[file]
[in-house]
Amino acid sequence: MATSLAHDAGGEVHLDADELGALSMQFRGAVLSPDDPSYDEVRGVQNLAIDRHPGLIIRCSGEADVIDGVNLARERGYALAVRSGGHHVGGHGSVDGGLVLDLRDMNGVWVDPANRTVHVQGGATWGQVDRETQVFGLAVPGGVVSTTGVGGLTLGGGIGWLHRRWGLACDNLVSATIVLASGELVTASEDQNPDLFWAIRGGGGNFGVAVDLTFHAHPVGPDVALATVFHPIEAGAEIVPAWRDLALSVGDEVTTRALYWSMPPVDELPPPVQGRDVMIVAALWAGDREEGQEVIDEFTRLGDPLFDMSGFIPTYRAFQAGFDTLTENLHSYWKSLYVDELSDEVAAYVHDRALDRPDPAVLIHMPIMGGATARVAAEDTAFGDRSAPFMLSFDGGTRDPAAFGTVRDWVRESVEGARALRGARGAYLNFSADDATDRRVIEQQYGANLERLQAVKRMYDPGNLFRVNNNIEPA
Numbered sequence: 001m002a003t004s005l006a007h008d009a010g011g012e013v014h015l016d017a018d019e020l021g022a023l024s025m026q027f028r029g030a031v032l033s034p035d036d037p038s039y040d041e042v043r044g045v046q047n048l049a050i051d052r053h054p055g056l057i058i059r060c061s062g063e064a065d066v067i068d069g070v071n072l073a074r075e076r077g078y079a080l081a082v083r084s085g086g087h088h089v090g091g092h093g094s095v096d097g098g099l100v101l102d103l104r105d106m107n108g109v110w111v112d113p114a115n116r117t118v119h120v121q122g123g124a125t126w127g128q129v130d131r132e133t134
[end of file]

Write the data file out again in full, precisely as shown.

[in-house]
Amino acid sequence: MATSLAHDAGGEVHLDADELGALSMQFRGAVLSPDDPSYDEVRGVQNLAIDRHPGLIIRCSGEADVIDGVNLARERGYALAVRSGGHHVGGHGSVDGGLVLDLRDMNGVWVDPANRTVHVQGGATWGQVDRETQVFGLAVPGGVVSTTGVGGLTLGGGIGWLHRRWGLACDNLVSATIVLASGELVTASEDQNPDLFWAIRGGGGNFGVAVDLTFHAHPVGPDVALATVFHPIEAGAEIVPAWRDLALSVGDEVTTRALYWSMPPVDELPPPVQGRDVMIVAALWAGDREEGQEVIDEFTRLGDPLFDMSGFIPTYRAFQAGFDTLTENLHSYWKSLYVDELSDEVAAYVHDRALDRPDPAVLIHMPIMGGATARVAAEDTAFGDRSAPFMLSFDGGTRDPAAFGTVRDWVRESVEGARALRGARGAYLNFSADDATDRRVIEQQYGANLERLQAVKRMYDPGNLFRVNNNIEPA
Numbered sequence: 001m002a003t004s005l006a007h008d009a010g011g012e013v014h015l016d017a018d019e020l021g022a023l024s025m026q027f028r029g030a031v032l033s034p035d036d037p038s039y040d041e042v043r044g045v046q047n048l049a050i051d052r053h054p055g056l057i058i059r060c061s062g063e064a065d066v067i068d069g070v071n072l073a074r075e076r077g078y079a080l081a082v083r084s085g086g087h088h089v090g091g092h093g094s095v096d097g098g099l100v101l102d103l104r105d106m107n108g109v110w111v112d113p114a115n116r117t118v119h120v121q122g123g124a125t126w127g128q129v130d131r132e133t134